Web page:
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Author Topic: Frontal shot on elk, situation ethics and other musings  (Read 3951 times)

Offline DOUBLELUNG

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Frontal shot on elk, situation ethics and other musings
« on: December 18, 2017, 03:21:14 PM »
I've gone back and forth on whether to share this story.  I have decided to put it out there as a lessons learned the hard way, and maybe someone else can benefit from my mistakes.  If you are reading this hoping for success pics, there aren't any.

I drew a quality archery elk permit in eastern Washington.  I have not hunted elk for several years due to severe heart disease.  Two very good friends agreed to make the trip with me; if I could kill a bull, they would handle all the hard work.  They planned to hunt grouse and bear while I hunted elk, with pre-planned radio checkins.  I can do a lot if I can go slow, but overexerting causes either an angina attack, tachycardia, or both.  I had also had an offer from another permit hunter and his buddy, to help with the pack out if I killed a bull.  I had decided going in that I would limit my shot to 40 yards on a broadside branched bull.  I also planned to hunt the gentler tops between the nasty canyons, and not go into them even if I could see or hear elk. 

It was really hot and dry leading up to the hunt, reaching the 80s every day - about 20 degrees warmer than average for late September in this area.  There was no break in the forecast for the hunt.  The day before the opener, we were able to hear 2-3 bulls bugling in dense timber.  With the warm weather causing rising thermals by mid-morning, I decided to hunt downhill into that area the opening morning.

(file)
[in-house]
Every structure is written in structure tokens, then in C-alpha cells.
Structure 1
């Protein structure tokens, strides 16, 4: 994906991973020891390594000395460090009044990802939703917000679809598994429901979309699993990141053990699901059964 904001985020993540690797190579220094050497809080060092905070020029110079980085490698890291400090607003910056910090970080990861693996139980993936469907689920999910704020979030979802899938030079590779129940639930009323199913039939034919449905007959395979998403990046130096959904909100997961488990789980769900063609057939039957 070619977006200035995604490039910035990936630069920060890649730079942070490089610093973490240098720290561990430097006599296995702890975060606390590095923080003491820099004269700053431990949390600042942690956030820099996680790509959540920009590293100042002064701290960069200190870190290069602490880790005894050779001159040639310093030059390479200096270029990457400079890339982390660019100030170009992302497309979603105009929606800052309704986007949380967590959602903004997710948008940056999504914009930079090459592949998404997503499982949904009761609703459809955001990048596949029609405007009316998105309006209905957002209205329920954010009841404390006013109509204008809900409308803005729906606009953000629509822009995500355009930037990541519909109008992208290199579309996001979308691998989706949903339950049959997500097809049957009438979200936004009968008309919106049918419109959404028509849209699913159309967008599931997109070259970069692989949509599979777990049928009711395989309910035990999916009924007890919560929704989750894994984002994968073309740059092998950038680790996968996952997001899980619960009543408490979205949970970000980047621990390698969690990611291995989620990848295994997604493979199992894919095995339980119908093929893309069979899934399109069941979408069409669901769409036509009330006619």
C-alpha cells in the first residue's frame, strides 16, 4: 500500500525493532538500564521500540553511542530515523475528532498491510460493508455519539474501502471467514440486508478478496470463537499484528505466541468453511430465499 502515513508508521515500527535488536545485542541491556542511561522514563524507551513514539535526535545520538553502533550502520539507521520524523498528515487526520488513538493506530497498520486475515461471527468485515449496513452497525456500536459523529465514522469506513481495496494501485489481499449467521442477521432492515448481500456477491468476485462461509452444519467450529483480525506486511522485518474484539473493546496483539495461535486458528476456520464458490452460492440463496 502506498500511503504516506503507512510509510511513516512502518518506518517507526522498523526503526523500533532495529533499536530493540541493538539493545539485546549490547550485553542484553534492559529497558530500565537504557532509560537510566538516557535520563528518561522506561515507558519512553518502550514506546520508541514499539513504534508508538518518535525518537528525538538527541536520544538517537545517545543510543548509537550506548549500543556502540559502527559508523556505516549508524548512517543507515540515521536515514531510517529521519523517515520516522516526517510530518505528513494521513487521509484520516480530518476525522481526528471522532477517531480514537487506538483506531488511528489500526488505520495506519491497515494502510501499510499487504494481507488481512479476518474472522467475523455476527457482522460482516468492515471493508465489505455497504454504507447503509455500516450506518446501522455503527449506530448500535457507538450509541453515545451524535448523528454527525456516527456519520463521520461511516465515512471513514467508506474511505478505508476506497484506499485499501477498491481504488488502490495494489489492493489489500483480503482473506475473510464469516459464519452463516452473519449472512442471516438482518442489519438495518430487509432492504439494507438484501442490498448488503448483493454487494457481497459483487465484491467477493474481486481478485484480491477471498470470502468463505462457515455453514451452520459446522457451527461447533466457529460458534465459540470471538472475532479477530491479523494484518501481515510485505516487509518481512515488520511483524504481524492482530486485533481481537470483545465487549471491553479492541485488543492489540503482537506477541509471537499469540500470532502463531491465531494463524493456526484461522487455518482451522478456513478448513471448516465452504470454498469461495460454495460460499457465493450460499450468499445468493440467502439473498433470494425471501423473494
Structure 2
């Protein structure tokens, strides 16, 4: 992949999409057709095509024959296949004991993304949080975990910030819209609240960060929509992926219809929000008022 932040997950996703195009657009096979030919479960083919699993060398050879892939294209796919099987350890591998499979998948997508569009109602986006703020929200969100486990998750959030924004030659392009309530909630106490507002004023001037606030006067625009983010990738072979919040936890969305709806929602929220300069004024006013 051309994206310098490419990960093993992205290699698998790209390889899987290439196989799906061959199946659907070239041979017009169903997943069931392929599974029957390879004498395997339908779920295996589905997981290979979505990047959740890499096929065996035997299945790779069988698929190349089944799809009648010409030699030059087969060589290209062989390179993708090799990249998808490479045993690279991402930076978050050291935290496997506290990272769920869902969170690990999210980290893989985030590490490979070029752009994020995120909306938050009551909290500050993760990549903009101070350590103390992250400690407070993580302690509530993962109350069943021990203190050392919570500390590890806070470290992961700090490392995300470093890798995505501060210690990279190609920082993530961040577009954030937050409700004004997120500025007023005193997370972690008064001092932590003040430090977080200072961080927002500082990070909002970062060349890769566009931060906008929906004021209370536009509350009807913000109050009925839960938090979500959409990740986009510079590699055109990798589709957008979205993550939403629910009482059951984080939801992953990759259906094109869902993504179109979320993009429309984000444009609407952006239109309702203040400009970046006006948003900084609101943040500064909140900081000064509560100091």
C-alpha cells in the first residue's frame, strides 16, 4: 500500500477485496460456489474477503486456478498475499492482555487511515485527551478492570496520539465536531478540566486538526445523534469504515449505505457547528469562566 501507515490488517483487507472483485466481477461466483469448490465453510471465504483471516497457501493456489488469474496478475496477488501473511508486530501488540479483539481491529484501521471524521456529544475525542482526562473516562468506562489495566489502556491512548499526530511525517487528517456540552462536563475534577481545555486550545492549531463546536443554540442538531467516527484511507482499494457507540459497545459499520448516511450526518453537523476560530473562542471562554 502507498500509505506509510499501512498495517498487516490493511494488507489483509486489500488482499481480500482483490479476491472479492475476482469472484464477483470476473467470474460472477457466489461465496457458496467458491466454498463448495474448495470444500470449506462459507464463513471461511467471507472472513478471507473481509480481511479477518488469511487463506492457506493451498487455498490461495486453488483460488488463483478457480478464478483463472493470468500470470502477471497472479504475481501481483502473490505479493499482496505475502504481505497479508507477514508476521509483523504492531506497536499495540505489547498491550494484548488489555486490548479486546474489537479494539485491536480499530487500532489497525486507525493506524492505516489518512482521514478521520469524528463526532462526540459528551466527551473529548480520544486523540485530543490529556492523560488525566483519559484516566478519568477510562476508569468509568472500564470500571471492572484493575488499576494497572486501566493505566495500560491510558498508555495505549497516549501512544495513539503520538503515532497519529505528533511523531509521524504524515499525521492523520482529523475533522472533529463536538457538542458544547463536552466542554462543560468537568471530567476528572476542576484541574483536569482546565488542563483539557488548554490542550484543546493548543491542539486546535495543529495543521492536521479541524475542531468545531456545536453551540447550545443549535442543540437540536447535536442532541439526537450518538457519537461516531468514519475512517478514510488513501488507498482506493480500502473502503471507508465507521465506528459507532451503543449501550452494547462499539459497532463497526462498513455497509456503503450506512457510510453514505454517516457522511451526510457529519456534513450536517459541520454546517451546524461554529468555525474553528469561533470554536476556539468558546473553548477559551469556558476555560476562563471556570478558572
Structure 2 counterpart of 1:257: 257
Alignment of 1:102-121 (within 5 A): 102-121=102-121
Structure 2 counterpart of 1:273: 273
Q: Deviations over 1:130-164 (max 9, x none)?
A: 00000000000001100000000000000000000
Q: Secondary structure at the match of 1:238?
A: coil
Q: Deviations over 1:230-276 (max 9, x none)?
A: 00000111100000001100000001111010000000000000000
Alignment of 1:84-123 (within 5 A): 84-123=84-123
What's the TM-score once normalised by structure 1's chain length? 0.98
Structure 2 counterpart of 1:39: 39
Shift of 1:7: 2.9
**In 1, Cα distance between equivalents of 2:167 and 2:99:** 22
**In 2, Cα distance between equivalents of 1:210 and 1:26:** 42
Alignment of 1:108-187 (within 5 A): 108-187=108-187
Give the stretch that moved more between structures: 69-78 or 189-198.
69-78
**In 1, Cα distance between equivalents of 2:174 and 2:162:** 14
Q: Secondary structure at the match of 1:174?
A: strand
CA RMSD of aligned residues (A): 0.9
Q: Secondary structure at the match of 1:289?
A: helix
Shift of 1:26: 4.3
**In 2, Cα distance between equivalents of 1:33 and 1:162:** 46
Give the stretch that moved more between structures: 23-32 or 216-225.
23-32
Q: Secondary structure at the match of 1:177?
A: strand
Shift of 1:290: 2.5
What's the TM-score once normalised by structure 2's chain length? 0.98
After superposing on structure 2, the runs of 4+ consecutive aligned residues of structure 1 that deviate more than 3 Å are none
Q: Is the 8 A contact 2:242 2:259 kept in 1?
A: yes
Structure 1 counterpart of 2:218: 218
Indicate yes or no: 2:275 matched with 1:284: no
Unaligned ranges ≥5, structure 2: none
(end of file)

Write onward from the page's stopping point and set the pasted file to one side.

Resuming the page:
In the predawn darkness of opening morning, we heard a couple of bugles from downhill.  I began my walk down into that area.  Fast forward to 10:30, no elk seen or heard, and little fresh sign.  I decided to work my way across the timbered basin toward an open meadow.  I had my first game encounter, a 30 yard stare down with a hen turkey and 4 poults, who worked their way out of there with a long chorus of alarm putts. 

At the edge of the meadow, I eased into the wind to a glassing spot.  Nothing to see, not surprising on a hot sunny late morning.  I decided to rest for a bit and have some lunch and hydrate.  After eating, I glassed again, this time catching movement across the meadow in the timber.  Elk!  Cow, cow, 1x2.  They quickly went out of sight, so I moved along my side of the meadow in the timber in the direction they had traveled.  I did not see the three elk, but after a lot of glassing I was able to see a group of cows bedded on a high knob back in the timber.  I eventually counted a minimum of 11 cows, and felt confident there had to be a herd bull.  A fairly short walk around the further edge of the meadow would put me with the elk but the wind was wrong, so I opted for a long, wide circling walk to put me downwind.  As I walked the meadow edge on the elk's side of the meadow, directly into the wind, I could see why they were bedded there -  the far side dropped straight down into a hellish canyon, a perfect escape path. 

About 200 yards from the bedded herd, a commotion on my left drew my immediate attention: 2 raghorn bulls had jumped up from their beds and were staring my way.  I stood still, and eventually they started scanning; they had heard or seen me, but didn't know what had spooked them.  I was waiting to see what they would do, when they bolted ahead toward where the cows were bedded.  I ranged where they had been, 58 yards.  A loud throaty scream confirmed my suspicion of a herd bull - they had gotten close to the cows and he was PISSED.